Loading presentation...

Present Remotely

Send the link below via email or IM

Copy

Present to your audience

Start remote presentation

  • Invited audience members will follow you as you navigate and present
  • People invited to a presentation do not need a Prezi account
  • This link expires 10 minutes after you close the presentation
  • A maximum of 30 users can follow your presentation
  • Learn more about this feature in our knowledge base article

Do you really want to delete this prezi?

Neither you, nor the coeditors you shared it with will be able to recover it again.

DeleteCancel

Make your likes visible on Facebook?

Connect your Facebook account to Prezi and let your likes appear on your timeline.
You can change this under Settings & Account at any time.

No, thanks

The Concept of Administrative Power and Shuttle Columbia Case Study

No description
by

Megan Castle

on 23 May 2013

Comments (0)

Please log in to add your comment.

Report abuse

Transcript of The Concept of Administrative Power and Shuttle Columbia Case Study

The Concept of Administrative Power and Shuttle Columbia Case Study
Richard J. Stillman II
Norton E. Long
Maureen Hogan Casamayou By:
Megan Castle
Jeanne Yakin What does Norton Long view as the key element of successful administration? Shuttle Columbia

Challenger explodes
73 seconds into flight January 26, 1986 1991-1994 Shuttle program
operating budget
decreases 21% 1992
Daniel Goldin replaces Richard H. Truly as NASA's administrator
Goldin implements Deming management model Change in command "Faster, better, cheaper!" 1996 Centralized management system neglected
NASA reverts to pre-Challenger days of management
Bryan O'Connor, head of the Space Shuttle Program at NASA headquarters, resigns By 1997, 13% of the total workforce of the Shuttle Program was cut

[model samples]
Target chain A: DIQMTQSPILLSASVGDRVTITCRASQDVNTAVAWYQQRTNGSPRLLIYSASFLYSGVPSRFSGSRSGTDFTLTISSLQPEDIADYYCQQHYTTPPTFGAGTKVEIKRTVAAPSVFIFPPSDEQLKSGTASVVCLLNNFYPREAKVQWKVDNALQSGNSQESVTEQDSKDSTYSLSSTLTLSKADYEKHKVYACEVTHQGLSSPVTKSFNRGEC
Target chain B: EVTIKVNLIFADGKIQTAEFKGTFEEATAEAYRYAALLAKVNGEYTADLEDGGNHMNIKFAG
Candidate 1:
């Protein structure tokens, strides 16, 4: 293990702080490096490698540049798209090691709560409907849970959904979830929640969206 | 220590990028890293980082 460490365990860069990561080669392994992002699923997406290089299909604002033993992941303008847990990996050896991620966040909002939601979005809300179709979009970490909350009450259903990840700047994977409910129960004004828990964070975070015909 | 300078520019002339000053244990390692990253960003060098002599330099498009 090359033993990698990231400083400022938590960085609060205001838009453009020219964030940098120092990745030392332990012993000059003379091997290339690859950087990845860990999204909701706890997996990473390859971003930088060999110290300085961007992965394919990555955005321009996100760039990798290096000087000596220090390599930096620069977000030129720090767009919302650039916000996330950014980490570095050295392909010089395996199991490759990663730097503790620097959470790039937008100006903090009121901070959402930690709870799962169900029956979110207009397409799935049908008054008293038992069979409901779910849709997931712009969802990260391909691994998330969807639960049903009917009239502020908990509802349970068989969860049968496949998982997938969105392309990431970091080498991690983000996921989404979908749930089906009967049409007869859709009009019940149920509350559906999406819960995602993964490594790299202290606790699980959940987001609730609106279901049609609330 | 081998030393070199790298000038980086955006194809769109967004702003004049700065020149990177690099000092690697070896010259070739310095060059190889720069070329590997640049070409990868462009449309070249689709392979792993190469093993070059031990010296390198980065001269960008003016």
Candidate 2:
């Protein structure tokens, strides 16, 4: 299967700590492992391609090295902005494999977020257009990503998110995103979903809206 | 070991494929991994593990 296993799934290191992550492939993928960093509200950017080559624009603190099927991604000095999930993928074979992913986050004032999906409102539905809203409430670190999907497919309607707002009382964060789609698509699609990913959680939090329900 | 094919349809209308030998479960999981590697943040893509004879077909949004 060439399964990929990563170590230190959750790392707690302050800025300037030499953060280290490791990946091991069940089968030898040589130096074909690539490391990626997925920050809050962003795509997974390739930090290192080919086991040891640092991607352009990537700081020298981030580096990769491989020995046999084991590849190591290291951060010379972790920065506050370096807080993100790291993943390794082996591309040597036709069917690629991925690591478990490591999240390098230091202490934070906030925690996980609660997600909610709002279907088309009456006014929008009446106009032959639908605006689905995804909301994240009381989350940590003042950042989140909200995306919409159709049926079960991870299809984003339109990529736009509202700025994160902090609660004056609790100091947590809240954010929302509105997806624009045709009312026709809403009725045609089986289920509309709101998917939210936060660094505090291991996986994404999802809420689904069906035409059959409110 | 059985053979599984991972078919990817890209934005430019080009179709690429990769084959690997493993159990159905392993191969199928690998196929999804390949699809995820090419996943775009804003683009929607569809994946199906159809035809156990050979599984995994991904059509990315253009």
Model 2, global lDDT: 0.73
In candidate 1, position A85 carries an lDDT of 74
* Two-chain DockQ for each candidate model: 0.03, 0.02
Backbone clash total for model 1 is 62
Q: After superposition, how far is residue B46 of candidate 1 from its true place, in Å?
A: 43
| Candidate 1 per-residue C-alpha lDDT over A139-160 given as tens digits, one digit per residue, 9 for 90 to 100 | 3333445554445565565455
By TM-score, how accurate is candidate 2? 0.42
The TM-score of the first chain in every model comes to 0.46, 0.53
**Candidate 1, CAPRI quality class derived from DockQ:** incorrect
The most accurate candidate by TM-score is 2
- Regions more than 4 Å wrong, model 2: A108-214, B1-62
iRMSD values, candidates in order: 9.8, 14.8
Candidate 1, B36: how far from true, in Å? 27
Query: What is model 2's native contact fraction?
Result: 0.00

Increase in contractors 2001 NASA"on probation" due to being
over budget and behind schedule in
assembling the Space Station
NASA develops a plan to regain credibility. The plan February 19, 2003 October, 2007 2002 October: Shuttle Atlantis loses a large piece of foam from the bipod ramp on its external tank
Program Requirements Control Board recommends categorizing incident as an in-flight anomaly, yet instead this event is categorized as "in action"
December: no flexibility in schedule, everyone works overtime January 16, 2003 Shuttle Columbia launches and suspicious
debris falls off the bipod ramp on the left
side of the external tank, and hits the left
wing of the orbiter. Concerned engineers begin Crater modeling
Requests for photos of left wing are ignored/denied January 21-24, 2003 Engineers present concerns to Linda Ham,
Chair of the Mission Management Team, and Ron
Dittemore, Space Shuttle Program Manager. Management assessed the incident
as no threat to flight safety, against
pleas from Engineers to obtain pictures
to confirm/assess damage. Engineers attempted contacting JSC Engineering
Directorate requesting an order for Columbia crew to inspect damage to left wing, yet never received a reply. Engineers made 3 imagery
requests to the air force for photos
of the shuttle, but, Linda Ham, not
realizing these requests were from
her own engineers, terminated
the request in "a purely
bureaucratic reaction." February 1, 2003

The Columbia Shuttle disintegrates